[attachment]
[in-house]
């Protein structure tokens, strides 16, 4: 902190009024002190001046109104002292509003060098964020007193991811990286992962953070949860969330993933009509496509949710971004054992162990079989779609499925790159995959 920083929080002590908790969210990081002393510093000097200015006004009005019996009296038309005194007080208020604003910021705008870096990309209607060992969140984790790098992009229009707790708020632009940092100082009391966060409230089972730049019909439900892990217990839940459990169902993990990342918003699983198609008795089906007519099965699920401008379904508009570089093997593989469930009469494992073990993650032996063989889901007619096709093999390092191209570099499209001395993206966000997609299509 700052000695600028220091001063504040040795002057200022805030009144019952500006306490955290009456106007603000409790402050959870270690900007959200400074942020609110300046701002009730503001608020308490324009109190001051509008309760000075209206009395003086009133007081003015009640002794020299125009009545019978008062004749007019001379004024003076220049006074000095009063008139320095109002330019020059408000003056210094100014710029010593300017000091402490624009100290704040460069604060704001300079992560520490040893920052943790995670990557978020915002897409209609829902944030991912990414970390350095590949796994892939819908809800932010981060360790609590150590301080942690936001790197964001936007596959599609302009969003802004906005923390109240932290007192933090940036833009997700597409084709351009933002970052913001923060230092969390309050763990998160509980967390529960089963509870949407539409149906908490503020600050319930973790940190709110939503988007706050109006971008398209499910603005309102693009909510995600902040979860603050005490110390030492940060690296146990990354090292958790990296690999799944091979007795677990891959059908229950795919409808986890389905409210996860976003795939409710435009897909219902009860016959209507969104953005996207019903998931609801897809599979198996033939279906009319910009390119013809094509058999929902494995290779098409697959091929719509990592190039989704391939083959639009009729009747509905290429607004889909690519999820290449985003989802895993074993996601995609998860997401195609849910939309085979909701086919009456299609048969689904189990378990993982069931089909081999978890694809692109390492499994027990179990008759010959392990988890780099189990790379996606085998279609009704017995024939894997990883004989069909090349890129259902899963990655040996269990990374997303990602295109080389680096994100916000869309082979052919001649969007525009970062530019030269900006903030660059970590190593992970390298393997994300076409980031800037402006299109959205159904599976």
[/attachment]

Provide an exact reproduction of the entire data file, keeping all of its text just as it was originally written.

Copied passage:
[in-house]
């Protein structure tokens, strides 16, 4: 902190009024002190001046109104002292509003060098964020007193991811990286992962953070949860969330993933009509496509949710971004054992162990079989779609499925790159995959 920083929080002590908790969210990081002393510093000097200015006004009005019996009296038309005194007080208020604003910021705008870096990309209607060992969140984790790098992009229009707790708020632009940092100082009391966060409230089972730049019909439900892990217990839940459990169902993990990342918003699983198609008795089906007519099965699920401008379904508009570089093997593989469930009469494992073990993650032996063989889901007619096709093999390092191209570099499209001395993206966000997609299509 700052000695600028220091001063504040040795002057200022805030009144019952500006306490955290009456106007603000409790402050959870270690900007959200400074942020609110300046701002009730503001608020308490324009109190001051509008309760000075209206009395003086009133007081003015009640002794020299125009009545019978008062004749007019001379004024003076220049006074000095009063008139320095109002330019020059408000003056210094100014710029010593300017000091402490624009100290704040460069604060704001300079992560520490040893920052943790995670990557978020915002897409209609829902944030991912990414970390350095590949796994892939819908809800932010981060360790609590150590301080942690936001790197964001936007596959599609302009969003802004906005923390109240932290007192933090940036833009997700597409084709351009933002970052913001923060230092969390309050763990998160509980967390529960089963509870949407539409149906908490503020600050319930973790940190709110939503988007706050109006971008398209499910603005309102693009909510995600902040979860603050005490110390030492940060690296146990990354090292958790990296690999799944091979007795677990891959059908229950795919409808986890389905409210996860976003795939409710435009897909219902009860016959209507969104953005996207019903998931609801897809599979198996033939279906009319910009390119013809094509058999929902494995290779098409697959091929719509990592190039989704391939083959639009009729009747509905290429607004889909690519999820290449985003989802895993074993996601995609998860997401195609849910939309085979909701086919009456299609048969689904189990378990993982069931089909081999978890694809692109390492499994027990179990008759010959392990988890780099189990790379996606085998279609009704017995024939894997990883004989069909090349890129259902899963990655040996269990990374997303990602295109080389680096994100916000869309082979052919001649969007525009970062530019030269900006903030660059970590190593992970390298393997994300076409980031800037402006299109959205159904599976």